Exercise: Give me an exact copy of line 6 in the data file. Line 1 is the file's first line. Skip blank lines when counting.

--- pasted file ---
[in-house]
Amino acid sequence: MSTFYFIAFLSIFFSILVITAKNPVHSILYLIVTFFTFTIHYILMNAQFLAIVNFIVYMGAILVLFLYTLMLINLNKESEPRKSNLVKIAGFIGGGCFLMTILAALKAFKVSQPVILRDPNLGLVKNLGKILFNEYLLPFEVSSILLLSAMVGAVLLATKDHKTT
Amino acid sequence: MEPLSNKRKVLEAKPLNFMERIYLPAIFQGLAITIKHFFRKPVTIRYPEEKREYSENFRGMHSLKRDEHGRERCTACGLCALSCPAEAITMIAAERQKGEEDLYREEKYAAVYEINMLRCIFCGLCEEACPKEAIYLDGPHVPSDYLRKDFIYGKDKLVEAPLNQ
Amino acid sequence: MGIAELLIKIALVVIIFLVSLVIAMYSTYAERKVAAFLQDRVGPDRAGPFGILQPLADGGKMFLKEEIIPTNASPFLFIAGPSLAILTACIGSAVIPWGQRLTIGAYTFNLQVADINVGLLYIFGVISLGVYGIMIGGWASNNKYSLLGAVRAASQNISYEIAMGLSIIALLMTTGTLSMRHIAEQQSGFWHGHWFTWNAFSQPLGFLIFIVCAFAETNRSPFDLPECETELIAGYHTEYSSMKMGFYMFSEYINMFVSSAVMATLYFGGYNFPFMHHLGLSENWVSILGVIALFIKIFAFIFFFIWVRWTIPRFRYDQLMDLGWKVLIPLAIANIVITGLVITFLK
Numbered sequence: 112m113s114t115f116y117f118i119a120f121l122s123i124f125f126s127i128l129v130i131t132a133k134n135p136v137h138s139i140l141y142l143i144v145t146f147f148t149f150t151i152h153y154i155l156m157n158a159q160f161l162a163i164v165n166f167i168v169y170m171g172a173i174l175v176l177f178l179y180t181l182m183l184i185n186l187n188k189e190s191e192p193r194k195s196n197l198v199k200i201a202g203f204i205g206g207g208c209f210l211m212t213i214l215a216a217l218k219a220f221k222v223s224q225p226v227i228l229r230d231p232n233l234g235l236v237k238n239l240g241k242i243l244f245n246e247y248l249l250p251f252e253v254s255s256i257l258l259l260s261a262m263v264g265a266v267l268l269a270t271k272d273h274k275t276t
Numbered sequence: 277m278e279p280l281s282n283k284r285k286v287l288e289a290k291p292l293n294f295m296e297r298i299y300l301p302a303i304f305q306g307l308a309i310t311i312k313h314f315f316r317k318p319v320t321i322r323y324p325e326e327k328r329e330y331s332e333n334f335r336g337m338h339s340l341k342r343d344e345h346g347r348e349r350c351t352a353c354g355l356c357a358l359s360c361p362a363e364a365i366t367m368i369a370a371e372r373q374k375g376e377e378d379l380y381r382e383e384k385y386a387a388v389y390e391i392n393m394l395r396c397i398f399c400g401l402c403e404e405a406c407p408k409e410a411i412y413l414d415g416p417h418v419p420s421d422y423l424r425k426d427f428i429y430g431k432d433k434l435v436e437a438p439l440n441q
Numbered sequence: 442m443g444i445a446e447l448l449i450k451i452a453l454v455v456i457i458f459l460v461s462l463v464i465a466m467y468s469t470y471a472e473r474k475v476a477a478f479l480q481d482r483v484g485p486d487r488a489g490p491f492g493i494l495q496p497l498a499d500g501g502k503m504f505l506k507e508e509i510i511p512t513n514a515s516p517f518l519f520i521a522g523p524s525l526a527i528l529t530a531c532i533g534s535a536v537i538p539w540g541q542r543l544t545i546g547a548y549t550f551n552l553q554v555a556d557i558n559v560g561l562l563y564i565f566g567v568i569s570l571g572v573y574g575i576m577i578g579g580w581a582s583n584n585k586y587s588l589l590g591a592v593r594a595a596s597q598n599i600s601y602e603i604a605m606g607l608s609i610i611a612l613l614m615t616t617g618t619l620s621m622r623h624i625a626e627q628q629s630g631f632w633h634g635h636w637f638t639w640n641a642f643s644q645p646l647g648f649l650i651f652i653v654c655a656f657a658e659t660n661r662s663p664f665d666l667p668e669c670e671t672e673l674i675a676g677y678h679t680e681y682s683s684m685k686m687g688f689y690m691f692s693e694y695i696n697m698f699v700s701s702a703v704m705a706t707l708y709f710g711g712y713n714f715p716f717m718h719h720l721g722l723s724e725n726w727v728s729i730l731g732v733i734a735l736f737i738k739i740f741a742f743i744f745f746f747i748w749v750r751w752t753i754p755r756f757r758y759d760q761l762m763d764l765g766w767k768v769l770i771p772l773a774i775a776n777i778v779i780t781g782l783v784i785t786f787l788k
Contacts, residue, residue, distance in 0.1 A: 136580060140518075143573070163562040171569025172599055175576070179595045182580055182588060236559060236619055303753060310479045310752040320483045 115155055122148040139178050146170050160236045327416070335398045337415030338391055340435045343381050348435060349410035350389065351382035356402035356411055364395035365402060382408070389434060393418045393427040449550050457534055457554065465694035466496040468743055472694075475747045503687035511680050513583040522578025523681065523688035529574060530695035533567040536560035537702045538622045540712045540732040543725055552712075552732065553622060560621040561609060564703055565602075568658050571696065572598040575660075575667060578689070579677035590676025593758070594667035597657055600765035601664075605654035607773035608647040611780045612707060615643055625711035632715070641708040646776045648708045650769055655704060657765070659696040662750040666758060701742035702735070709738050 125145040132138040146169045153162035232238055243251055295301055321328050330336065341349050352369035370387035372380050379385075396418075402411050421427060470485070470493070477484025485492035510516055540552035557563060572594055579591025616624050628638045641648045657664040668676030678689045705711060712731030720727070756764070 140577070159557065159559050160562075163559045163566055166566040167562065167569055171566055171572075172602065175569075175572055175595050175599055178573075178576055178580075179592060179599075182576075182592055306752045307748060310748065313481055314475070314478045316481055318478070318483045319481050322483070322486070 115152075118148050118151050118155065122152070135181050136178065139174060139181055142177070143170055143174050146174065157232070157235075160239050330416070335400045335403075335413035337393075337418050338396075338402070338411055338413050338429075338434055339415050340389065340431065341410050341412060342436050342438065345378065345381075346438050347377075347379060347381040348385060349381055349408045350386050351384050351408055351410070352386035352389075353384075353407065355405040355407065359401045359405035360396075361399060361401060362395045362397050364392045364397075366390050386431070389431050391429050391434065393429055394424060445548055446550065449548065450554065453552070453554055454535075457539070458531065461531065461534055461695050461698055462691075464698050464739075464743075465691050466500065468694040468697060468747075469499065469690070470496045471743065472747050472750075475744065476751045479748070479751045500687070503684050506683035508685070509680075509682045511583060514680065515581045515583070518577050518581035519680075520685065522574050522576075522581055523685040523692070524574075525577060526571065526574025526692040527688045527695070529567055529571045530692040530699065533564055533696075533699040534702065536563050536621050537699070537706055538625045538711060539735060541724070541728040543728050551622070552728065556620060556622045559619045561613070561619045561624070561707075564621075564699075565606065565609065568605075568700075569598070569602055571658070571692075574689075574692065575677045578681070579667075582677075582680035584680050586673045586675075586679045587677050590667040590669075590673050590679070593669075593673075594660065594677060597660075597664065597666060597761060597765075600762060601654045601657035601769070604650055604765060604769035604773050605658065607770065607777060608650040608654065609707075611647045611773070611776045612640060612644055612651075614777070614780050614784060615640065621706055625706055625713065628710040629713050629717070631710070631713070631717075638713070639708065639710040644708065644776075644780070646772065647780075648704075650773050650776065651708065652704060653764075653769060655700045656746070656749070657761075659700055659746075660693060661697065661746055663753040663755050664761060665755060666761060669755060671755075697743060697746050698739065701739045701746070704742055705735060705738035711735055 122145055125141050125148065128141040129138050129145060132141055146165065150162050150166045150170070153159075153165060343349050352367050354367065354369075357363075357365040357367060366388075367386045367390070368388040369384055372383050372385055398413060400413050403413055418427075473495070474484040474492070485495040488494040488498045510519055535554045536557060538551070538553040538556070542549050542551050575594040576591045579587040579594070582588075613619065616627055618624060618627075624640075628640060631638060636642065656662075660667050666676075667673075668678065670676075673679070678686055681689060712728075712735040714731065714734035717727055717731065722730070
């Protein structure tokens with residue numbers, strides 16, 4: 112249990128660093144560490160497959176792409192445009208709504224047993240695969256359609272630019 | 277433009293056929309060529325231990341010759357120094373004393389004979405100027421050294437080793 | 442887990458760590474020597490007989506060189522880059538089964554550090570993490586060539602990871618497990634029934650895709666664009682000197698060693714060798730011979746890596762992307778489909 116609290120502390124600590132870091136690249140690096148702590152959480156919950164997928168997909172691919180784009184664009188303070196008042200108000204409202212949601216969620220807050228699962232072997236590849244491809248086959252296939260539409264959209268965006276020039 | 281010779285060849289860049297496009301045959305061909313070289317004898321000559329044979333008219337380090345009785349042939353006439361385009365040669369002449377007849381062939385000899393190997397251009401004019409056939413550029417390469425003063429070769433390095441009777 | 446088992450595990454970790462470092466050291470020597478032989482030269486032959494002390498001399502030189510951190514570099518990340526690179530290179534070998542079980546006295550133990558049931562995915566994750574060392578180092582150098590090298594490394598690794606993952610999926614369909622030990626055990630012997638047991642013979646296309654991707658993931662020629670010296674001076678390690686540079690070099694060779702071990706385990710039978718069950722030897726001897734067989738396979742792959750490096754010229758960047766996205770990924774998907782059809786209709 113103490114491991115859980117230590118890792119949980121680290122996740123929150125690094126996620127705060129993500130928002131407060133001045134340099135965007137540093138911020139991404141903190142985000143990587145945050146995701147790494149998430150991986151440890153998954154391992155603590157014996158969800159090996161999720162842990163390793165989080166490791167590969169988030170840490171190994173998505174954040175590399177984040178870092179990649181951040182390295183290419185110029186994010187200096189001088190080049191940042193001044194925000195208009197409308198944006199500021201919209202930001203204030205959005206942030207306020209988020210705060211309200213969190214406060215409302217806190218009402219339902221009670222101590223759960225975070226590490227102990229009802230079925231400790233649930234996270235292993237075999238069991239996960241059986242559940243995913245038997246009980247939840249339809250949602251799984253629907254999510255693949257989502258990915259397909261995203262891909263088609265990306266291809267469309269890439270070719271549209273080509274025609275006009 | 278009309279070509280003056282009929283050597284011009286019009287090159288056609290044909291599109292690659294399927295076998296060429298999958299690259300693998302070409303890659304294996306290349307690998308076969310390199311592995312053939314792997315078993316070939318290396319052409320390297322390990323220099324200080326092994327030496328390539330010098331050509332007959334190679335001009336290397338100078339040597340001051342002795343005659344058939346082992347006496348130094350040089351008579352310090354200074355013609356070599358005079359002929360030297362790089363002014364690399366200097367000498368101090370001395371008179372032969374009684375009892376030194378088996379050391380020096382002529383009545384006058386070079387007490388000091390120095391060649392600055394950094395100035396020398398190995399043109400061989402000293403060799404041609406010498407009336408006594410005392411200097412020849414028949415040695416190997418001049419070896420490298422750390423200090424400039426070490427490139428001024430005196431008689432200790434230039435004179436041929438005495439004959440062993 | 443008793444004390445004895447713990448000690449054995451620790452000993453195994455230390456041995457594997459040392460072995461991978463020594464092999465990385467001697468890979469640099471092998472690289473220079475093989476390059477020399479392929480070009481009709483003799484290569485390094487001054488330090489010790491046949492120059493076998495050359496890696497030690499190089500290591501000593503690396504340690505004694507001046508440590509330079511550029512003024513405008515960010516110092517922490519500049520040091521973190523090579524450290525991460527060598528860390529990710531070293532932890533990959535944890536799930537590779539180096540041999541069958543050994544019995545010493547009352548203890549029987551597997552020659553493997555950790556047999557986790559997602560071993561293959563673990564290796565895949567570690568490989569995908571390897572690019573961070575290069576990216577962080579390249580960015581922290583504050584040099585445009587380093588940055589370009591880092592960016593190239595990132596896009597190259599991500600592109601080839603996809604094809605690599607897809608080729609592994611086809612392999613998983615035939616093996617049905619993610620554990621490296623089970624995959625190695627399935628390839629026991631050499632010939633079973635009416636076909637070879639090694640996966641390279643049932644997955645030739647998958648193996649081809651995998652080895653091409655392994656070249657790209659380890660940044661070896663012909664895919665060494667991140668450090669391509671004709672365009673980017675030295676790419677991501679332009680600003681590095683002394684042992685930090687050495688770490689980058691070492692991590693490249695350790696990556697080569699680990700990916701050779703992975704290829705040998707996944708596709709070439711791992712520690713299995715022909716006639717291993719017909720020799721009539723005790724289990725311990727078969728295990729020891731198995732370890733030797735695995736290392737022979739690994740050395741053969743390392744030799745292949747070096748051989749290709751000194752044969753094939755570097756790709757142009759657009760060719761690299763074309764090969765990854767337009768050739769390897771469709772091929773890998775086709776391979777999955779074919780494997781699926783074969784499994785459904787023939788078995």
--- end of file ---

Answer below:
Numbered sequence: 277m278e279p280l281s282n283k284r285k286v287l288e289a290k291p292l293n294f295m296e297r298i299y300l301p302a303i304f305q306g307l308a309i310t311i312k313h314f315f316r317k318p319v320t321i322r323y324p325e326e327k328r329e330y331s332e333n334f335r336g337m338h339s340l341k342r343d344e345h346g347r348e349r350c351t352a353c354g355l356c357a358l359s360c361p362a363e364a365i366t367m368i369a370a371e372r373q374k375g376e377e378d379l380y381r382e383e384k385y386a387a388v389y390e391i392n393m394l395r396c397i398f399c400g401l402c403e404e405a406c407p408k409e410a411i412y413l414d415g416p417h418v419p420s421d422y423l424r425k426d427f428i429y430g431k432d433k434l435v436e437a438p439l440n441q